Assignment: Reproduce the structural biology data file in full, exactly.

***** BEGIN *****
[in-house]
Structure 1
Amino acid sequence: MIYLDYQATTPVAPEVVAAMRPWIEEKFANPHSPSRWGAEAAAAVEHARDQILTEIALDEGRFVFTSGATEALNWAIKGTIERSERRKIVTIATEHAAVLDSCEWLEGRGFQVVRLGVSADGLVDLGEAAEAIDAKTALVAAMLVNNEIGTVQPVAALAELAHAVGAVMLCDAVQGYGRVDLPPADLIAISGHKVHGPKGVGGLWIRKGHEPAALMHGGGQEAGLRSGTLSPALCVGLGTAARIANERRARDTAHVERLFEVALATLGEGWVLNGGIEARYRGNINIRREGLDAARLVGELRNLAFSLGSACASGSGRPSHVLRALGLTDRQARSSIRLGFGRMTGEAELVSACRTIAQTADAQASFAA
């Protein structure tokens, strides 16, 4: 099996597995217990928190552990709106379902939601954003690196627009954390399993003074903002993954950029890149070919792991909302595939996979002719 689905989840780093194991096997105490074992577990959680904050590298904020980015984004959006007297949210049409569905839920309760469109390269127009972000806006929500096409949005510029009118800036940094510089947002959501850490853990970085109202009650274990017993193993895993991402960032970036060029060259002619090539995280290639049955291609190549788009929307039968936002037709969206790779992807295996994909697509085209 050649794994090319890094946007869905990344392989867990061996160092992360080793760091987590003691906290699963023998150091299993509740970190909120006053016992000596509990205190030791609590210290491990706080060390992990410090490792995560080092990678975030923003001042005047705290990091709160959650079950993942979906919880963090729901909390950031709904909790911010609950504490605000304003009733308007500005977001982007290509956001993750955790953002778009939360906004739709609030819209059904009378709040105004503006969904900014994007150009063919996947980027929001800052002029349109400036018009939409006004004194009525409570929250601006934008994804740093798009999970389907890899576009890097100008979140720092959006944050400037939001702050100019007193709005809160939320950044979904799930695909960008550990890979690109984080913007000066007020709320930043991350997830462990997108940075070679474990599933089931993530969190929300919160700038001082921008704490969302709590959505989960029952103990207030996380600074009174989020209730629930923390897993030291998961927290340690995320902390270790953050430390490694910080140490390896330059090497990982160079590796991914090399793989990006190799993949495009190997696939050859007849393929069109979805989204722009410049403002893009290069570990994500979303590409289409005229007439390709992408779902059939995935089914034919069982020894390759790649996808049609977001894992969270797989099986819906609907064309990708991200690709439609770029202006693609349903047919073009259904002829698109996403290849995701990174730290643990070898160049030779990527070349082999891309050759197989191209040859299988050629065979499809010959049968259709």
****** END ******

[in-house]
Structure 1
Amino acid sequence: MIYLDYQATTPVAPEVVAAMRPWIEEKFANPHSPSRWGAEAAAAVEHARDQILTEIALDEGRFVFTSGATEALNWAIKGTIERSERRKIVTIATEHAAVLDSCEWLEGRGFQVVRLGVSADGLVDLGEAAEAIDAKTALVAAMLVNNEIGTVQPVAALAELAHAVGAVMLCDAVQGYGRVDLPPADLIAISGHKVHGPKGVGGLWIRKGHEPAALMHGGGQEAGLRSGTLSPALCVGLGTAARIANERRARDTAHVERLFEVALATLGEGWVLNGGIEARYRGNINIRREGLDAARLVGELRNLAFSLGSACASGSGRPSHVLRALGLTDRQARSSIRLGFGRMTGEAELVSACRTIAQTADAQASFAA
């Protein structure tokens, strides 16, 4: 099996597995217990928190552990709106379902939601954003690196627009954390399993003074903002993954950029890149070919792991909302595939996979002719 689905989840780093194991096997105490074992577990959680904050590298904020980015984004959006007297949210049409569905839920309760469109390269127009972000806006929500096409949005510029009118800036940094510089947002959501850490853990970085109202009650274990017993193993895993991402960032970036060029060259002619090539995280290639049955291609190549788009929307039968936002037709969206790779992807295996994909697509085209 050649794994090319890094946007869905990344392989867990061996160092992360080793760091987590003691906290699963023998150091299993509740970190909120006053016992000596509990205190030791609590210290491990706080060390992990410090490792995560080092990678975030923003001042005047705290990091709160959650079950993942979906919880963090729901909390950031709904909790911010609950504490605000304003009733308007500005977001982007290509956001993750955790953002778009939360906004739709609030819209059904009378709040105004503006969904900014994007150009063919996947980027929001800052002029349109400036018009939409006004004194009525409570929250601006934008994804740093798009999970389907890899576009890097100008979140720092959006944050400037939001702050100019007193709005809160939320950044979904799930695909960008550990890979690109984080913007000066007020709320930043991350997830462990997108940075070679474990599933089931993530969190929300919160700038001082921008704490969302709590959505989960029952103990207030996380600074009174989020209730629930923390897993030291998961927290340690995320902390270790953050430390490694910080140490390896330059090497990982160079590796991914090399793989990006190799993949495009190997696939050859007849393929069109979805989204722009410049403002893009290069570990994500979303590409289409005229007439390709992408779902059939995935089914034919069982020894390759790649996808049609977001894992969270797989099986819906609907064309990708991200690709439609770029202006693609349903047919073009259904002829698109996403290849995701990174730290643990070898160049030779990527070349082999891309050759197989191209040859299988050629065979499809010959049968259709």